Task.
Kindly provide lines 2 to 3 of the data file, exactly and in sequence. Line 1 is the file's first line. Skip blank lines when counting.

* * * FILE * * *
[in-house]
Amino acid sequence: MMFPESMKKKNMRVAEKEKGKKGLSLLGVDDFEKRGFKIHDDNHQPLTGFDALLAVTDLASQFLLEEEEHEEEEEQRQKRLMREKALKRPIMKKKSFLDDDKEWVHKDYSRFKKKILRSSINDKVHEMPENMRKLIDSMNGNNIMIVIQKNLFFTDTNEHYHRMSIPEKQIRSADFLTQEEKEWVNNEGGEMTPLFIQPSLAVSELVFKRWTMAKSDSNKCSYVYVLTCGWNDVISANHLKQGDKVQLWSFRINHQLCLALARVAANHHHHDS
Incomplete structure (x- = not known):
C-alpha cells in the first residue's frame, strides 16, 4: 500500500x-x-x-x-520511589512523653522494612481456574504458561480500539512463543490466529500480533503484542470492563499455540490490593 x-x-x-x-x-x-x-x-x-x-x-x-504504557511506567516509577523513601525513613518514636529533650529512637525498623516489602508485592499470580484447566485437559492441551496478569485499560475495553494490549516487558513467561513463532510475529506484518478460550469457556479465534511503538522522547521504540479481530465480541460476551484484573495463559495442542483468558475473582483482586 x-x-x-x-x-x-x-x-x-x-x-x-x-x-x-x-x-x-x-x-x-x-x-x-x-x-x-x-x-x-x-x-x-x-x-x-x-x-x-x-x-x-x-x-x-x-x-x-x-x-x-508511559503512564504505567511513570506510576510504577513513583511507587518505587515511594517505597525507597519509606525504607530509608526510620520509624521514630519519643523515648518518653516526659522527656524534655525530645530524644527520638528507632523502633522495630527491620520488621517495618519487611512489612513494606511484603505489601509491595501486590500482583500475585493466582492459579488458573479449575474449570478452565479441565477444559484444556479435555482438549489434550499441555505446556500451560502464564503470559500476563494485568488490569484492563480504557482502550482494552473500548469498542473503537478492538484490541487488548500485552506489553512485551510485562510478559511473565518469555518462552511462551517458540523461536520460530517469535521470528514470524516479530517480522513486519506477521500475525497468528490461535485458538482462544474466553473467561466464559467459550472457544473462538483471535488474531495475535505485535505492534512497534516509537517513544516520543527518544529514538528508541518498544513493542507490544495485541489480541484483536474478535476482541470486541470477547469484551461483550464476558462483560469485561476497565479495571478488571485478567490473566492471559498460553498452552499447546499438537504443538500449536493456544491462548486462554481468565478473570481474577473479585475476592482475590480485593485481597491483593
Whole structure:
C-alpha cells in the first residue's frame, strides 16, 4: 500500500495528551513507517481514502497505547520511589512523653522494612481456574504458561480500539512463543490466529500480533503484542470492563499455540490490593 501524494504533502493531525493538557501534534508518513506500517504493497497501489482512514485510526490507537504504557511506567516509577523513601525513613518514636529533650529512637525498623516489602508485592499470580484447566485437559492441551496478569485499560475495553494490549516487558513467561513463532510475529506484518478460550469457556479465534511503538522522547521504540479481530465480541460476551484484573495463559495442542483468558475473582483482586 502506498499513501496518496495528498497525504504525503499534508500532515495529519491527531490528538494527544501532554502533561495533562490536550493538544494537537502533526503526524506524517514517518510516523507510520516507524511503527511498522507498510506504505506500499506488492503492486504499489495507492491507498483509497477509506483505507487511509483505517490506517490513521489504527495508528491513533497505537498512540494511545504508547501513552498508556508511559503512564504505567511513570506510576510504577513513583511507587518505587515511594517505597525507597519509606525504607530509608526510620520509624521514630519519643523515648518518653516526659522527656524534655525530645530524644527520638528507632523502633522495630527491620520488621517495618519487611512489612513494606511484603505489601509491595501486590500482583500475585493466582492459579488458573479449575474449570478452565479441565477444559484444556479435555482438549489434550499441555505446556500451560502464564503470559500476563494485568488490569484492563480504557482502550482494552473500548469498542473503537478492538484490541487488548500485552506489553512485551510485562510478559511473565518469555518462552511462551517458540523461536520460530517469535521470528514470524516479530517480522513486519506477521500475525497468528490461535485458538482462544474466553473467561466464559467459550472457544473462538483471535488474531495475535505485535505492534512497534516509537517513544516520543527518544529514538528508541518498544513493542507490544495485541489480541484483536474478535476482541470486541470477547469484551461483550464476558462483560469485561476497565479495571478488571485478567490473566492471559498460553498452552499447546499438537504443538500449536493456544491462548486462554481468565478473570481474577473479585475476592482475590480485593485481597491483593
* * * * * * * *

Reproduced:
Amino acid sequence: MMFPESMKKKNMRVAEKEKGKKGLSLLGVDDFEKRGFKIHDDNHQPLTGFDALLAVTDLASQFLLEEEEHEEEEEQRQKRLMREKALKRPIMKKKSFLDDDKEWVHKDYSRFKKKILRSSINDKVHEMPENMRKLIDSMNGNNIMIVIQKNLFFTDTNEHYHRMSIPEKQIRSADFLTQEEKEWVNNEGGEMTPLFIQPSLAVSELVFKRWTMAKSDSNKCSYVYVLTCGWNDVISANHLKQGDKVQLWSFRINHQLCLALARVAANHHHHDS
Incomplete structure (x- = not known):